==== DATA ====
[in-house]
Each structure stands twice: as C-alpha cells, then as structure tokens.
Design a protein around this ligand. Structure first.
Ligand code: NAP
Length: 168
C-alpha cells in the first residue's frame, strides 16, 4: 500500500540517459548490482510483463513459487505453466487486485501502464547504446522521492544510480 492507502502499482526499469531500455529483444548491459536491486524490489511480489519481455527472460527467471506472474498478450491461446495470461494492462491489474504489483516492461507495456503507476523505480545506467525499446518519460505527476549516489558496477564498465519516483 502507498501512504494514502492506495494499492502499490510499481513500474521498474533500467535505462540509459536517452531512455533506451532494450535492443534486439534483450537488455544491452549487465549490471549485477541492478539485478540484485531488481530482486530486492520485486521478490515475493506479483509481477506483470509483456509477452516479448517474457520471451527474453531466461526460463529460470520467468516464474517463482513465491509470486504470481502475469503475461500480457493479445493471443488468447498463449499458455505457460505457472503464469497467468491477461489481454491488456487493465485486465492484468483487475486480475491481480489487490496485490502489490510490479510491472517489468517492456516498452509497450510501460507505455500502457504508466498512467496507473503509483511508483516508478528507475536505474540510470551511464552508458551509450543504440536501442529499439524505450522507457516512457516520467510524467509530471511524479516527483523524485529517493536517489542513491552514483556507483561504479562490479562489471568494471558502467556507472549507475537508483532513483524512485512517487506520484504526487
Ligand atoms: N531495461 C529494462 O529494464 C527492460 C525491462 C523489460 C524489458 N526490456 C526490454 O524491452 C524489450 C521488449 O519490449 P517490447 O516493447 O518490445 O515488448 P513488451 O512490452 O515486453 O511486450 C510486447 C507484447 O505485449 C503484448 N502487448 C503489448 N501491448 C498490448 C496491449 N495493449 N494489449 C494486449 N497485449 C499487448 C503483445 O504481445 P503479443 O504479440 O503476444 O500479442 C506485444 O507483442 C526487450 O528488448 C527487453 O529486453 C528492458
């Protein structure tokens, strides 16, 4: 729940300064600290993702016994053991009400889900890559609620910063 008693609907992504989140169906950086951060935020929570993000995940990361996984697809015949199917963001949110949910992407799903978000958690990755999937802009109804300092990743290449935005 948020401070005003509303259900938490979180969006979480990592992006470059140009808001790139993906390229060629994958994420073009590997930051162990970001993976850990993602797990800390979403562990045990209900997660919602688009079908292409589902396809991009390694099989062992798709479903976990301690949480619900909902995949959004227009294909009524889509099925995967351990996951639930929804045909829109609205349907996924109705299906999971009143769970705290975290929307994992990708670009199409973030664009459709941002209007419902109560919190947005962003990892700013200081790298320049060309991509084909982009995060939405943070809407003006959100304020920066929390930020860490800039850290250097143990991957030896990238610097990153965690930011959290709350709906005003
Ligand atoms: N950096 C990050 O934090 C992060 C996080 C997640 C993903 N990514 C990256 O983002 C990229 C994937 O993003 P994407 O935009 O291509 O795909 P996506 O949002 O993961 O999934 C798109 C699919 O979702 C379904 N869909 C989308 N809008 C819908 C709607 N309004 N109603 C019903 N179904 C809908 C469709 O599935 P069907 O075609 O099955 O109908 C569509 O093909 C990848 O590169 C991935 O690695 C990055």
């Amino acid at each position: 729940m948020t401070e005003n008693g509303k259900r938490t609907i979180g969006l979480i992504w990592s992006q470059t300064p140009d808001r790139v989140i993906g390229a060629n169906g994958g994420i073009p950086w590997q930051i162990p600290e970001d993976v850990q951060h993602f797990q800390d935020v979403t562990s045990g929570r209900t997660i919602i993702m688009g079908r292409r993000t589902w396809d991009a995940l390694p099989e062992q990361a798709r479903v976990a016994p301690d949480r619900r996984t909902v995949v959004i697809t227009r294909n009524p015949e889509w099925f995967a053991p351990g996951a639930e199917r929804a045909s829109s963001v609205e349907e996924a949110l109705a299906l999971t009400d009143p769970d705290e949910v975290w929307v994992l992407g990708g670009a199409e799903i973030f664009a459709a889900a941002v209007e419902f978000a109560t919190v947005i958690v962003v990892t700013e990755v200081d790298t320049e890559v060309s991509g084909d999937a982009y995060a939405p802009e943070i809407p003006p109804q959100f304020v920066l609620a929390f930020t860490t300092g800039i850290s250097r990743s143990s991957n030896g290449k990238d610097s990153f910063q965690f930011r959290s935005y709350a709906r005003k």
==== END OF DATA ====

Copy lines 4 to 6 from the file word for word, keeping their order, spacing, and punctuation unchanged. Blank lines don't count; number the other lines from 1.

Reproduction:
Ligand code: NAP
Length: 168
C-alpha cells in the first residue's frame, strides 16, 4: 500500500540517459548490482510483463513459487505453466487486485501502464547504446522521492544510480 492507502502499482526499469531500455529483444548491459536491486524490489511480489519481455527472460527467471506472474498478450491461446495470461494492462491489474504489483516492461507495456503507476523505480545506467525499446518519460505527476549516489558496477564498465519516483 502507498501512504494514502492506495494499492502499490510499481513500474521498474533500467535505462540509459536517452531512455533506451532494450535492443534486439534483450537488455544491452549487465549490471549485477541492478539485478540484485531488481530482486530486492520485486521478490515475493506479483509481477506483470509483456509477452516479448517474457520471451527474453531466461526460463529460470520467468516464474517463482513465491509470486504470481502475469503475461500480457493479445493471443488468447498463449499458455505457460505457472503464469497467468491477461489481454491488456487493465485486465492484468483487475486480475491481480489487490496485490502489490510490479510491472517489468517492456516498452509497450510501460507505455500502457504508466498512467496507473503509483511508483516508478528507475536505474540510470551511464552508458551509450543504440536501442529499439524505450522507457516512457516520467510524467509530471511524479516527483523524485529517493536517489542513491552514483556507483561504479562490479562489471568494471558502467556507472549507475537508483532513483524512485512517487506520484504526487